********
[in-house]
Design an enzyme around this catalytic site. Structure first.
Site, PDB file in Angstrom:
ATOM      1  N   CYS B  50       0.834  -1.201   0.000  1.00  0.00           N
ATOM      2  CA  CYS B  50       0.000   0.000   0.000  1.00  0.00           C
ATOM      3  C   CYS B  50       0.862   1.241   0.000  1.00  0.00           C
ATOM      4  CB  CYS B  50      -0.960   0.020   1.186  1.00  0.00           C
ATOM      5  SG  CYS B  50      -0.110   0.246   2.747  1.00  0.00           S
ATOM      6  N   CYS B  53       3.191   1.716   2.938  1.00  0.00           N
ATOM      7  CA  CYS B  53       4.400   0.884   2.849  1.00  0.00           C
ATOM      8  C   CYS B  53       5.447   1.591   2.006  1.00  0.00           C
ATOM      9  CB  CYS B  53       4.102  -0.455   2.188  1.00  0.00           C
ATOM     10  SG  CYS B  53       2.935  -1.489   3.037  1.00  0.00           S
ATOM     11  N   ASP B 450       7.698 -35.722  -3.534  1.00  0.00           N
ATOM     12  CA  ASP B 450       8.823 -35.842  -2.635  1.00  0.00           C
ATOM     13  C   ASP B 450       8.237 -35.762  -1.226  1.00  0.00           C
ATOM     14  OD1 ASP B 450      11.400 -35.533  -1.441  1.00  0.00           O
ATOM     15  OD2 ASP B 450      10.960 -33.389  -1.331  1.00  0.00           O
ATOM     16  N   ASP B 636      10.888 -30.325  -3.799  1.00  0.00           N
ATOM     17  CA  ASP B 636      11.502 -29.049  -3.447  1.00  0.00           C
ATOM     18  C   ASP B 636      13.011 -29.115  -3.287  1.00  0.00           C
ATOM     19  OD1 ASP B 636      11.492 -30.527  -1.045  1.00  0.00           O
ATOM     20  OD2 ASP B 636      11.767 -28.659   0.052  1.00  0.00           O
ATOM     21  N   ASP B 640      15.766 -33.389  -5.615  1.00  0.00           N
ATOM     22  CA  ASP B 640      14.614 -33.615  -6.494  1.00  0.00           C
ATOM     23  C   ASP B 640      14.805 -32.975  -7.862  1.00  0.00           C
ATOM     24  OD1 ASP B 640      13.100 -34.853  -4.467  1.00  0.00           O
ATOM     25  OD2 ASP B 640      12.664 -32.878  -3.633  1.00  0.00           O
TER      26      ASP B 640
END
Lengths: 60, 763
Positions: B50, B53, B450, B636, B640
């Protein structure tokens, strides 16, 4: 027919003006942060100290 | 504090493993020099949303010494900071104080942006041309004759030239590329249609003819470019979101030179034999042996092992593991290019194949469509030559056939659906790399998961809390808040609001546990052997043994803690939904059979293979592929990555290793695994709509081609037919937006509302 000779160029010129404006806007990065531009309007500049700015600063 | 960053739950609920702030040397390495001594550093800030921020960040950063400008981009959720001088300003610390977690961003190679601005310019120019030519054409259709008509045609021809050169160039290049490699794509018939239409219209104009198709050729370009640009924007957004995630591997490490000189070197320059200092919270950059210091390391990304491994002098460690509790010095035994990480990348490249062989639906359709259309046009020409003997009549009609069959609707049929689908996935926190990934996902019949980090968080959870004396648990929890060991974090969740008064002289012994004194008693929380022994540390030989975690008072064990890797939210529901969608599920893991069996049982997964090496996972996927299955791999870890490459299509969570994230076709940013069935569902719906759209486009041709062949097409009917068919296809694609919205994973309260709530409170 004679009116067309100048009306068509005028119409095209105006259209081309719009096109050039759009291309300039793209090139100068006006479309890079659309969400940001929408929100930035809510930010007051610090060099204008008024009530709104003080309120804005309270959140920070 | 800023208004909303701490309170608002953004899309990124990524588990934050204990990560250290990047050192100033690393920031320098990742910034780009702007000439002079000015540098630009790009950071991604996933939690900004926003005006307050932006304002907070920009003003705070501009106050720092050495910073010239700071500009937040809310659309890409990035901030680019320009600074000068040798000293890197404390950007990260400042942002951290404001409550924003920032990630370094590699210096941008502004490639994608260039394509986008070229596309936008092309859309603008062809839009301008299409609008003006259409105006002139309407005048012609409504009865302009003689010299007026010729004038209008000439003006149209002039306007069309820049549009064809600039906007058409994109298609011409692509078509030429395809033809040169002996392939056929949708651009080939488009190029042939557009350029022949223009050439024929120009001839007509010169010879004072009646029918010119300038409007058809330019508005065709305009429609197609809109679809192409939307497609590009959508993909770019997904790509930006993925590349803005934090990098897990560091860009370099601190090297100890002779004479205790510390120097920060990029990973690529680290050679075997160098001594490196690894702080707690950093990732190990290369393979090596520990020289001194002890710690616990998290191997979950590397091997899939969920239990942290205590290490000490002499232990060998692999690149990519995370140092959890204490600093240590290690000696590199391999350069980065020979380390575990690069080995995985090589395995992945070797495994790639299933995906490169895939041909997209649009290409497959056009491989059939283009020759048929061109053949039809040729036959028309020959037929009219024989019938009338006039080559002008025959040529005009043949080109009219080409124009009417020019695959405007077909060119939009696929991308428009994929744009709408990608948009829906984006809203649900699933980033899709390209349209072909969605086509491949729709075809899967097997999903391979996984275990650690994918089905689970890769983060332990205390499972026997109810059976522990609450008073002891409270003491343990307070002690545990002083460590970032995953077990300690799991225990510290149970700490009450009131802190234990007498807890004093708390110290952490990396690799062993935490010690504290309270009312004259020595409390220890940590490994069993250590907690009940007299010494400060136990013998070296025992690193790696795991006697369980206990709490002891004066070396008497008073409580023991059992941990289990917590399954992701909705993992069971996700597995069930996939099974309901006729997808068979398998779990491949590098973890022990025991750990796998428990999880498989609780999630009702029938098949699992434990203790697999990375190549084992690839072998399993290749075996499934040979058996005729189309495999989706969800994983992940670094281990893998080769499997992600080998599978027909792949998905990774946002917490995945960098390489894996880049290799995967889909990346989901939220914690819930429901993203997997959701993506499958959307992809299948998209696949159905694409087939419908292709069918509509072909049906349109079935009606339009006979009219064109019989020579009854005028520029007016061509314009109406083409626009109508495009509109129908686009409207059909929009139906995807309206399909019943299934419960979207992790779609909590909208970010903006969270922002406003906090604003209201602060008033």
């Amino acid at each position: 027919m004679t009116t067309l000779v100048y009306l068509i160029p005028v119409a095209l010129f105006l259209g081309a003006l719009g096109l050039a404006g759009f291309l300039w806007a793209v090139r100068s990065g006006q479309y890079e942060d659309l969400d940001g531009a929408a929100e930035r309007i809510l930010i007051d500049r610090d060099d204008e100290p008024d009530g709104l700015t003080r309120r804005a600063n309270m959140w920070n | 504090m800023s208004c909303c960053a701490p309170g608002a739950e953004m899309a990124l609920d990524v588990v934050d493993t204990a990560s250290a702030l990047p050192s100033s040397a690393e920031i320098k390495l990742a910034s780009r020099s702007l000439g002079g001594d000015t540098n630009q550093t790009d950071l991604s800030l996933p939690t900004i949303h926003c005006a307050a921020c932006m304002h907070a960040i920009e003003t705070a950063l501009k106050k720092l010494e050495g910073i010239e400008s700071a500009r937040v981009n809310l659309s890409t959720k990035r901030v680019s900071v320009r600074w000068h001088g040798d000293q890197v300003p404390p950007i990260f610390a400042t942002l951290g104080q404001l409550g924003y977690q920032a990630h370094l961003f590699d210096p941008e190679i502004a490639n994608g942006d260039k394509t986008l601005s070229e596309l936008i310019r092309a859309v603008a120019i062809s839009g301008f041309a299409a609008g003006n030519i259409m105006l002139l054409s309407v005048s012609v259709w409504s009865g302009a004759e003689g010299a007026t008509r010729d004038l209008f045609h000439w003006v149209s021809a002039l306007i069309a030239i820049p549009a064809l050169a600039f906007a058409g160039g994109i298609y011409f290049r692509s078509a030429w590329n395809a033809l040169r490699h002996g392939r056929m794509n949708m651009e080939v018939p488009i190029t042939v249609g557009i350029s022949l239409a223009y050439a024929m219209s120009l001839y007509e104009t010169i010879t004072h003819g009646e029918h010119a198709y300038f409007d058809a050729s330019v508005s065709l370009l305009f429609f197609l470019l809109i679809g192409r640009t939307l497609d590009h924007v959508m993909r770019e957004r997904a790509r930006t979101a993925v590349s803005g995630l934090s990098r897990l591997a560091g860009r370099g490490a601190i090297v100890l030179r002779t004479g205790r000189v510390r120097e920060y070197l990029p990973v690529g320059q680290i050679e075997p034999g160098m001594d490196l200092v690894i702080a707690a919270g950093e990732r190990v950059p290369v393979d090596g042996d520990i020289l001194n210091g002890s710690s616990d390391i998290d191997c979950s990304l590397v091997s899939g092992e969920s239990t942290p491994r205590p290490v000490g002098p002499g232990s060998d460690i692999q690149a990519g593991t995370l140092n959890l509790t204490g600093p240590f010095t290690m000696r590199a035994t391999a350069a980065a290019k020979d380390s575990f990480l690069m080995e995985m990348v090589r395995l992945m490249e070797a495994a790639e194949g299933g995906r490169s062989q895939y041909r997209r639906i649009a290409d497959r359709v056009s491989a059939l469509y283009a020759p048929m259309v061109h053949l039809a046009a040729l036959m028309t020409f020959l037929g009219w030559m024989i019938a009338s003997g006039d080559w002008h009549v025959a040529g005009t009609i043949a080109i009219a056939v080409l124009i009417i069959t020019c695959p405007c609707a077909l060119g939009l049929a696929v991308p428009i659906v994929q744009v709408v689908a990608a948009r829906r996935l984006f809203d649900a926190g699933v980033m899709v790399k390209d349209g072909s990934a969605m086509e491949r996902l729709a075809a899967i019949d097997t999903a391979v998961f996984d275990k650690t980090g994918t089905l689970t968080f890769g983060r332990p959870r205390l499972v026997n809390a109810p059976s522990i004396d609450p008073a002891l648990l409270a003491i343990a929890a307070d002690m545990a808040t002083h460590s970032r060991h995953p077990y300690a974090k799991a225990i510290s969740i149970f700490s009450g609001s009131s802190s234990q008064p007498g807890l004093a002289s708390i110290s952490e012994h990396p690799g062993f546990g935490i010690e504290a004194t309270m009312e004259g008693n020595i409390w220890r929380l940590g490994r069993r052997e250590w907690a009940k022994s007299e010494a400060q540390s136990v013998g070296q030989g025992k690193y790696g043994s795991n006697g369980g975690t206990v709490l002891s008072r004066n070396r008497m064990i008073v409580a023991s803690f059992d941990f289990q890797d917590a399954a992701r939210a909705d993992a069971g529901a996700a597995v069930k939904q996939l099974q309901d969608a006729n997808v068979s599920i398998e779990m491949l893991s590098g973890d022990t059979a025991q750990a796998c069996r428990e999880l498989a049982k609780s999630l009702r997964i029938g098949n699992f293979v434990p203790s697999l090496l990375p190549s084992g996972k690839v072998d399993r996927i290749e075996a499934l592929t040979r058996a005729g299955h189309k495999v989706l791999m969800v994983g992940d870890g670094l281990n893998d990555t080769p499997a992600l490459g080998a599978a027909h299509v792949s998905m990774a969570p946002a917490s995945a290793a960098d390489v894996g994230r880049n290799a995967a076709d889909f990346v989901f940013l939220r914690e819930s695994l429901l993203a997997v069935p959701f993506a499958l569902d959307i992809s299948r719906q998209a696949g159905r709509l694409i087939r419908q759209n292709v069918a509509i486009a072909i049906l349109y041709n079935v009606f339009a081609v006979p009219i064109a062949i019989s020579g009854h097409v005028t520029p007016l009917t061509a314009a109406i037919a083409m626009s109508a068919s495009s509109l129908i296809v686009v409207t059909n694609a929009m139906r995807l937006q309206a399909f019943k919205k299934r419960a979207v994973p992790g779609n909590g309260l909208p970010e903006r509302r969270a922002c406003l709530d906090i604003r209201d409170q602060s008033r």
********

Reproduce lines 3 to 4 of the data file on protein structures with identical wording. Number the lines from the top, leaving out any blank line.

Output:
Site, PDB file in Angstrom:
ATOM      1  N   CYS B  50       0.834  -1.201   0.000  1.00  0.00           N